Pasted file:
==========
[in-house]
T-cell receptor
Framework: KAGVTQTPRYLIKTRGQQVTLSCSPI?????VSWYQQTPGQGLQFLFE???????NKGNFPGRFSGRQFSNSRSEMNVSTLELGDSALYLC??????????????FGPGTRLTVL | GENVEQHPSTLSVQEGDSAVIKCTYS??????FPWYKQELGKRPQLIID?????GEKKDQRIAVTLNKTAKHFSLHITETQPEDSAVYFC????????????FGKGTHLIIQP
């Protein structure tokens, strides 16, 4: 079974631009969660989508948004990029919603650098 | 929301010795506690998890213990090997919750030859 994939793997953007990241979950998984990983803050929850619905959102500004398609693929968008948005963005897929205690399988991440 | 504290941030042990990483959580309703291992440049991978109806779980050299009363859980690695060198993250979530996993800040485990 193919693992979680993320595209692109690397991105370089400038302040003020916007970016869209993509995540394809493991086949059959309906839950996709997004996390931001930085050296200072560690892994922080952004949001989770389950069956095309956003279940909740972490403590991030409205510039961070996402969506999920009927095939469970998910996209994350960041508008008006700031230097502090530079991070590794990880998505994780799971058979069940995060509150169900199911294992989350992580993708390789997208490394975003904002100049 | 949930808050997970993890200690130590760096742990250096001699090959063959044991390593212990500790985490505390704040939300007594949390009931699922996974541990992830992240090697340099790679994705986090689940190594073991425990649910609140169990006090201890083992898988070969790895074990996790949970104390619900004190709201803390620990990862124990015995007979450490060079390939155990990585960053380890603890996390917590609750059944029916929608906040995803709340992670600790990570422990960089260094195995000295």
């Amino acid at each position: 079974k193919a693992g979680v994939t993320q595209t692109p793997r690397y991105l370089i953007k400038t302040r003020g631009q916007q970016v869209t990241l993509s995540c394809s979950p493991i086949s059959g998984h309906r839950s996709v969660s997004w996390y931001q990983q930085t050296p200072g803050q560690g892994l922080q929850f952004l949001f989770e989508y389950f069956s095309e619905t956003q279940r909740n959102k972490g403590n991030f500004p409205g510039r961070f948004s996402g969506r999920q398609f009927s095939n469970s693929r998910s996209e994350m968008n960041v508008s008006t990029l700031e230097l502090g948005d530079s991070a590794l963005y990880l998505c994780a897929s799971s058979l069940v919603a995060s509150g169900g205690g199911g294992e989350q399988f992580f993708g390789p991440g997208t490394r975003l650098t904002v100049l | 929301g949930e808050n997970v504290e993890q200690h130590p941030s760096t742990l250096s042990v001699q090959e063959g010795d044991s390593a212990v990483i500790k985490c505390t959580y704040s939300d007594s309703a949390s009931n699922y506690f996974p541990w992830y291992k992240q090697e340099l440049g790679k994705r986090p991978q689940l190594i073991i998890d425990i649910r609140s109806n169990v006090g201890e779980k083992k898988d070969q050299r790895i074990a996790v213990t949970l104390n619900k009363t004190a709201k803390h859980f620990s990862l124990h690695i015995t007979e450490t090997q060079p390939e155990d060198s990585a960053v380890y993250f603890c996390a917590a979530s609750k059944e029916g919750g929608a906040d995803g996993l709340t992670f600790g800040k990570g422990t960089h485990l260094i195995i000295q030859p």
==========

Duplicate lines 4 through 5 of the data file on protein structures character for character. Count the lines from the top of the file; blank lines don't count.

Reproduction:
């Protein structure tokens, strides 16, 4: 079974631009969660989508948004990029919603650098 | 929301010795506690998890213990090997919750030859 994939793997953007990241979950998984990983803050929850619905959102500004398609693929968008948005963005897929205690399988991440 | 504290941030042990990483959580309703291992440049991978109806779980050299009363859980690695060198993250979530996993800040485990 193919693992979680993320595209692109690397991105370089400038302040003020916007970016869209993509995540394809493991086949059959309906839950996709997004996390931001930085050296200072560690892994922080952004949001989770389950069956095309956003279940909740972490403590991030409205510039961070996402969506999920009927095939469970998910996209994350960041508008008006700031230097502090530079991070590794990880998505994780799971058979069940995060509150169900199911294992989350992580993708390789997208490394975003904002100049 | 949930808050997970993890200690130590760096742990250096001699090959063959044991390593212990500790985490505390704040939300007594949390009931699922996974541990992830992240090697340099790679994705986090689940190594073991425990649910609140169990006090201890083992898988070969790895074990996790949970104390619900004190709201803390620990990862124990015995007979450490060079390939155990990585960053380890603890996390917590609750059944029916929608906040995803709340992670600790990570422990960089260094195995000295």
């Amino acid at each position: 079974k193919a693992g979680v994939t993320q595209t692109p793997r690397y991105l370089i953007k400038t302040r003020g631009q916007q970016v869209t990241l993509s995540c394809s979950p493991i086949s059959g998984h309906r839950s996709v969660s997004w996390y931001q990983q930085t050296p200072g803050q560690g892994l922080q929850f952004l949001f989770e989508y389950f069956s095309e619905t956003q279940r909740n959102k972490g403590n991030f500004p409205g510039r961070f948004s996402g969506r999920q398609f009927s095939n469970s693929r998910s996209e994350m968008n960041v508008s008006t990029l700031e230097l502090g948005d530079s991070a590794l963005y990880l998505c994780a897929s799971s058979l069940v919603a995060s509150g169900g205690g199911g294992e989350q399988f992580f993708g390789p991440g997208t490394r975003l650098t904002v100049l | 929301g949930e808050n997970v504290e993890q200690h130590p941030s760096t742990l250096s042990v001699q090959e063959g010795d044991s390593a212990v990483i500790k985490c505390t959580y704040s939300d007594s309703a949390s009931n699922y506690f996974p541990w992830y291992k992240q090697e340099l440049g790679k994705r986090p991978q689940l190594i073991i998890d425990i649910r609140s109806n169990v006090g201890e779980k083992k898988d070969q050299r790895i074990a996790v213990t949970l104390n619900k009363t004190a709201k803390h859980f620990s990862l124990h690695i015995t007979e450490t090997q060079p390939e155990d060198s990585a960053v380890y993250f603890c996390a917590a979530s609750k059944e029916g919750g929608a906040d995803g996993l709340t992670f600790g800040k990570g422990t960089h485990l260094i195995i000295q030859p």